Not a single soul of greatness, who has achieved something of world-class or timeless importance, has ever said he knew how to get from where he started to where he wanted to go. All he ever knew was that he wanted to get somewhere, and he got about the business of simply doing it. Cruising on the road of life is made possible by setting intentions, keeping our eyes intently on the next 200 feet that we can see, and reading the signs from our Higher Power. When we have the highest and best intentions, and are acting in love and with feelings of joy, then the signs from our Higher Power become clearly visible, recognizable and actionable. We do not get lost, and when we take detours it is because there are better sights to take delight in along the way. When we are in tune with our intentions and our intentions are in tune with the Universe, then there is simply not an iota of doubt that we will get to … er … San Francisco!


Last 5 posts by Shahana Dattagupta


  1. Khushi

    Amazing writing. I could picture you and Amrita. And feel the moonlight. Trust her to come up with a pee as you go program 🙂 How amazing to see a guy on a skateboard.

  2. PRy

    Nice!!.Tana you write good stories/posts….I do eagerly wait for all of them…Keep up the good work…

  3. mahi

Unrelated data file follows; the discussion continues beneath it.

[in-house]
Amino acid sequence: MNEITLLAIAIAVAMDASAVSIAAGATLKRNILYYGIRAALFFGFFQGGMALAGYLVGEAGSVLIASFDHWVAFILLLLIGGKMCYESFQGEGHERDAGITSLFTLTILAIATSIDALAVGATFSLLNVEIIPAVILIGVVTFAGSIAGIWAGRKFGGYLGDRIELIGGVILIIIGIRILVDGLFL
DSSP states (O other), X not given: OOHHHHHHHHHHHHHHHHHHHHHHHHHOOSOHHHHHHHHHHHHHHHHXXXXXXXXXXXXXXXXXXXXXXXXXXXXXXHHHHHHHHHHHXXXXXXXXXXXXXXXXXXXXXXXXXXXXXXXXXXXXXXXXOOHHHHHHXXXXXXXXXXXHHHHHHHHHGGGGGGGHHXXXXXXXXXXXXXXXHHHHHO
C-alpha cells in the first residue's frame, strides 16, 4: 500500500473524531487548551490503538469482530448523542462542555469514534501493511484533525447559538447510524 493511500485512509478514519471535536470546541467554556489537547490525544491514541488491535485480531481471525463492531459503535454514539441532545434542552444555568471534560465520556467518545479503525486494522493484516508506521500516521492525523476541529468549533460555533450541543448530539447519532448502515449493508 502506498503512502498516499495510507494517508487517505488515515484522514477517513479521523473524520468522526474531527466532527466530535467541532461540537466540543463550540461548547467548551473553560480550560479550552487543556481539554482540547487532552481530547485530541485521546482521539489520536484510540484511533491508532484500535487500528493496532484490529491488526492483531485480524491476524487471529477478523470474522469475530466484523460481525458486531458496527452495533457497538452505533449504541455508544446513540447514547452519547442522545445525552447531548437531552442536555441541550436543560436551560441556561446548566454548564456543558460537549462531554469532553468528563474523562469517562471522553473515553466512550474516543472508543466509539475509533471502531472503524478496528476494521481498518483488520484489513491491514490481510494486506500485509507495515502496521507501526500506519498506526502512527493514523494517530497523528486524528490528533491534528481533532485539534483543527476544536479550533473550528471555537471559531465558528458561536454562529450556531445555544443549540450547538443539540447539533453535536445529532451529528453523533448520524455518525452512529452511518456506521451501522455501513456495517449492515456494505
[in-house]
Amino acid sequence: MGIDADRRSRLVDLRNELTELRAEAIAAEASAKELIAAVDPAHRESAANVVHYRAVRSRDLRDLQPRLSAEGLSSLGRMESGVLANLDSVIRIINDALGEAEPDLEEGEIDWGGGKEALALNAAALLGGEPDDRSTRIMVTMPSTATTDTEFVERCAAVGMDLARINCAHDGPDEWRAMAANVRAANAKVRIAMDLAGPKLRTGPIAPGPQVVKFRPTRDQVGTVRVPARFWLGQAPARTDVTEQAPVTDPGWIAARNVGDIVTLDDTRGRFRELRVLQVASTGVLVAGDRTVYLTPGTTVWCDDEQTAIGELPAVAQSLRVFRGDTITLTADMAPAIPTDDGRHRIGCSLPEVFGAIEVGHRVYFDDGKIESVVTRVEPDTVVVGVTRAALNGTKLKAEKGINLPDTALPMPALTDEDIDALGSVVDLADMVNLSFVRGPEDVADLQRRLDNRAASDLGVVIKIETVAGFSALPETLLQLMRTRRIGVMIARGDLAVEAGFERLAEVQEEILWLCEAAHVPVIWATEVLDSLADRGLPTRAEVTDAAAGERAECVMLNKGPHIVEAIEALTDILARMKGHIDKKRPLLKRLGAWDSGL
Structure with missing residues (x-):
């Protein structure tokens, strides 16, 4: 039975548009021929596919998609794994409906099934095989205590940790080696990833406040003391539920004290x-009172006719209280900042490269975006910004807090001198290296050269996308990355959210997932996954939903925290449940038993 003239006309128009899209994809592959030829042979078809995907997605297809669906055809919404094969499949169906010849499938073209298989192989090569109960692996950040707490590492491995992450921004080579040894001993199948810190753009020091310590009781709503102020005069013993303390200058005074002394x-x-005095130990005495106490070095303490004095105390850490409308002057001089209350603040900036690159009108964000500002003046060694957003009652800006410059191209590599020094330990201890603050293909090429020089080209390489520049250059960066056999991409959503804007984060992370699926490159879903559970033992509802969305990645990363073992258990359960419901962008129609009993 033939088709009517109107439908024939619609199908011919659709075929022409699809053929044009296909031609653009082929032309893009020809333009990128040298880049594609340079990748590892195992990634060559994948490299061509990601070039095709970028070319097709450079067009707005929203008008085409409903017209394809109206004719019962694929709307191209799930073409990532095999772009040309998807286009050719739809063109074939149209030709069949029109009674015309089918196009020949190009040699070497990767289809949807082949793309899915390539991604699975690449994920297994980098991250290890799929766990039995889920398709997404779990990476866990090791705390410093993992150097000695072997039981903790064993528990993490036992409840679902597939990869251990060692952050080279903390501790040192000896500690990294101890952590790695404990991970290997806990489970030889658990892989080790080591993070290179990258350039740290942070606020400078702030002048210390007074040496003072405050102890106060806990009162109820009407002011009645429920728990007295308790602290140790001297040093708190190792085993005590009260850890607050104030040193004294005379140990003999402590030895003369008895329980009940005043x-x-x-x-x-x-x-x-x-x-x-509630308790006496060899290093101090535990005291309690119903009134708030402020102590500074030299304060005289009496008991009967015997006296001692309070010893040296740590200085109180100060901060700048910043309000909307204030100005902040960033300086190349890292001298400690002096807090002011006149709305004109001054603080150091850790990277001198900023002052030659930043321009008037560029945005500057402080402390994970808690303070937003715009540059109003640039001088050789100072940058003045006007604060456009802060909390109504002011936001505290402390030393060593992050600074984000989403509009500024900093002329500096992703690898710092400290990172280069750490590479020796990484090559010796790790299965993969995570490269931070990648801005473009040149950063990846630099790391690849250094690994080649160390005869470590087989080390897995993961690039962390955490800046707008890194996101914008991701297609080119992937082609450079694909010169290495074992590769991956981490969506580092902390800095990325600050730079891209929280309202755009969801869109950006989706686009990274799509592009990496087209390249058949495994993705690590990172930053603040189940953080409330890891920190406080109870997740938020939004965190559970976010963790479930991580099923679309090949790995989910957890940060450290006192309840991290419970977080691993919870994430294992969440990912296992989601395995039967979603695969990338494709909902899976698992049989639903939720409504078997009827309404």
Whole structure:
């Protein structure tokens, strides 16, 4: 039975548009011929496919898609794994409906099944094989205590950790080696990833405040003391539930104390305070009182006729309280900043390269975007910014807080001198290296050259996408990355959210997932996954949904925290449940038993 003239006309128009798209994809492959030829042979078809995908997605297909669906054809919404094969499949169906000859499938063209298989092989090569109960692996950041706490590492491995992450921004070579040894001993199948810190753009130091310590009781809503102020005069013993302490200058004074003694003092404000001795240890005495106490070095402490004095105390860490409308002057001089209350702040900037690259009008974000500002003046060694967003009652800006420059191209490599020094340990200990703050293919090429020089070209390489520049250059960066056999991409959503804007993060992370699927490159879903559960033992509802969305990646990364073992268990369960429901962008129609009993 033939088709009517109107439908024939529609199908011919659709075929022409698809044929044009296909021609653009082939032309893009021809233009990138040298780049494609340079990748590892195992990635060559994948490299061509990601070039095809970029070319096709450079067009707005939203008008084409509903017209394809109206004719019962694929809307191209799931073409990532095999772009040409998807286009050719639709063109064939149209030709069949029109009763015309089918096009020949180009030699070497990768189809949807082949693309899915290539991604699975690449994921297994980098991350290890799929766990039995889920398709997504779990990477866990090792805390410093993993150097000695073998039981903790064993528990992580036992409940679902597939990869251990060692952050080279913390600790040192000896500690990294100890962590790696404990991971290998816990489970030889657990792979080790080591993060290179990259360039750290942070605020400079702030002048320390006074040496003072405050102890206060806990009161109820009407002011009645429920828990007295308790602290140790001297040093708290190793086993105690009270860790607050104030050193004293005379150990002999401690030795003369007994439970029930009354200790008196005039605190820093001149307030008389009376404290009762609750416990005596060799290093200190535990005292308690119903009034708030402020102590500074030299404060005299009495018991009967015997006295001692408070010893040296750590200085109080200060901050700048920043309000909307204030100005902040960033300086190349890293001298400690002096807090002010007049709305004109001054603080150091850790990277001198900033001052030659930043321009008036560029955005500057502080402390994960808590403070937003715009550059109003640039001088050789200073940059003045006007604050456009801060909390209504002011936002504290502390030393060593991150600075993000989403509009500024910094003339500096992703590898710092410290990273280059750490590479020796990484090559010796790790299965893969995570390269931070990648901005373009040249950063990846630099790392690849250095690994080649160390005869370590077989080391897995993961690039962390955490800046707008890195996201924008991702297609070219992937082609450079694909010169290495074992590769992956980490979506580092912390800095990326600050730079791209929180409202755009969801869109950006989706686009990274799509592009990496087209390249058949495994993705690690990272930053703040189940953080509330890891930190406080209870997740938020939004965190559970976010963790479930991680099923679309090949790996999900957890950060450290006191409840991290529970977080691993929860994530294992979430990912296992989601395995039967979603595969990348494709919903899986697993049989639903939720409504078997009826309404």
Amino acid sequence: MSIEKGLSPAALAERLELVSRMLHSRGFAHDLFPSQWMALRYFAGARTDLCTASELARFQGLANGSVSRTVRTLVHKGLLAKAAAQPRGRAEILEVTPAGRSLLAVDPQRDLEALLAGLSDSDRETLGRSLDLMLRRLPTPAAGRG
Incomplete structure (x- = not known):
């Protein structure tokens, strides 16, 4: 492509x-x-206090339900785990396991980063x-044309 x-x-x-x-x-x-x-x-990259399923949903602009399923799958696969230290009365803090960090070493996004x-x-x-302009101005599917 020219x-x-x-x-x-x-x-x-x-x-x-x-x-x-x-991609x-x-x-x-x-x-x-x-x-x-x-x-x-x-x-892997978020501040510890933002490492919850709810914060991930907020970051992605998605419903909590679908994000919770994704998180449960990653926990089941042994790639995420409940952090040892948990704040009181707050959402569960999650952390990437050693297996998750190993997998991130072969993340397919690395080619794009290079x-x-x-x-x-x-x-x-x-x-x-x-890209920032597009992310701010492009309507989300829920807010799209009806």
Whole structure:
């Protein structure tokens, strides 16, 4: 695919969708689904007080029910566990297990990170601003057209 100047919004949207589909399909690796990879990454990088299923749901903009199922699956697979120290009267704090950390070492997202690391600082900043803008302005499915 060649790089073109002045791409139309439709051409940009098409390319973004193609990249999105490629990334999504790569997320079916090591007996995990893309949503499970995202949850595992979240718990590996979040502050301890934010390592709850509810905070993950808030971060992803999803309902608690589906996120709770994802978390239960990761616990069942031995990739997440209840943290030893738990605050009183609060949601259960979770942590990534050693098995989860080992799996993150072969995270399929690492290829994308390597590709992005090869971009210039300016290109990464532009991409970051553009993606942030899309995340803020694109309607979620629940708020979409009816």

Tana – Your post took me back to highway 101. You are an extremely gifted writer. My husband and I have taken a similar trip on Hihgway 1 and 101 from San Diego to border of CA and Oregon. It was one of the best vacations we have ever taken. Reading your post, I could hear the waves crashing around Big Sur and see the magestic pacific. Please keep on writing more. I love reading your posts.

  4. Tana

    Thank you so much, Khushi, Pry and Mahi. The Bloggermoms community has been incredibly encouraging and has inspired me to push myself hard towards the finish line for a book. Thank you from my heart for all your support.

  5. indrani

    Tana, whenever you release your book, I’ll be one of the first ones to grab a copy of the same. I love your post and your description of your road trip, absolutely amazing choice of words. Simply superb writing!

  6. Tana

    Thanks so much Indrani! Your encouragement means a lot to me.